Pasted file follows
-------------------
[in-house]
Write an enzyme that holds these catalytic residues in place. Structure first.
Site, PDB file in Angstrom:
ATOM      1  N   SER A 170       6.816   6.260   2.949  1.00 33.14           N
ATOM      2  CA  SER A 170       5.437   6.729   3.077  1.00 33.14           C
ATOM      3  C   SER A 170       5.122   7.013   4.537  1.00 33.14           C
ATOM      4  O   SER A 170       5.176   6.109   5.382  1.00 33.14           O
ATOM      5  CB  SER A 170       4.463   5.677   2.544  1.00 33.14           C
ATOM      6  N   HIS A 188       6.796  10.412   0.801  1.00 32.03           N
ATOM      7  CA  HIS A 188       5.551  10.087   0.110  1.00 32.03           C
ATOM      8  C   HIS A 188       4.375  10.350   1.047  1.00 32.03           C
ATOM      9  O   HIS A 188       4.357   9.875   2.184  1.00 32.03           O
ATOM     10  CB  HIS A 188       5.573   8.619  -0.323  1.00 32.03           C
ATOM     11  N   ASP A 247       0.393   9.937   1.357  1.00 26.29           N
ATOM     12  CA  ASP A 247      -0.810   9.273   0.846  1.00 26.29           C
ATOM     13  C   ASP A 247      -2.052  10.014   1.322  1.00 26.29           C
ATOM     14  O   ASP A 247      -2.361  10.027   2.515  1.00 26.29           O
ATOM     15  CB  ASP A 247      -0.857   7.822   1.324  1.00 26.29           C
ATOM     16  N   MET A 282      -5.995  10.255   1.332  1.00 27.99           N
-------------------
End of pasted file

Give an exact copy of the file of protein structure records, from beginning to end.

[in-house]
Write an enzyme that holds these catalytic residues in place. Structure first.
Site, PDB file in Angstrom:
ATOM      1  N   SER A 170       6.816   6.260   2.949  1.00 33.14           N
ATOM      2  CA  SER A 170       5.437   6.729   3.077  1.00 33.14           C
ATOM      3  C   SER A 170       5.122   7.013   4.537  1.00 33.14           C
ATOM      4  O   SER A 170       5.176   6.109   5.382  1.00 33.14           O
ATOM      5  CB  SER A 170       4.463   5.677   2.544  1.00 33.14           C
ATOM      6  N   HIS A 188       6.796  10.412   0.801  1.00 32.03           N
ATOM      7  CA  HIS A 188       5.551  10.087   0.110  1.00 32.03           C
ATOM      8  C   HIS A 188       4.375  10.350   1.047  1.00 32.03           C
ATOM      9  O   HIS A 188       4.357   9.875   2.184  1.00 32.03           O
ATOM     10  CB  HIS A 188       5.573   8.619  -0.323  1.00 32.03           C
ATOM     11  N   ASP A 247       0.393   9.937   1.357  1.00 26.29           N
ATOM     12  CA  ASP A 247      -0.810   9.273   0.846  1.00 26.29           C
ATOM     13  C   ASP A 247      -2.052  10.014   1.322  1.00 26.29           C
ATOM     14  O   ASP A 247      -2.361  10.027   2.515  1.00 26.29           O
ATOM     15  CB  ASP A 247      -0.857   7.822   1.324  1.00 26.29           C
ATOM     16  N   MET A 282      -5.995  10.255   1.332  1.00 27.99           N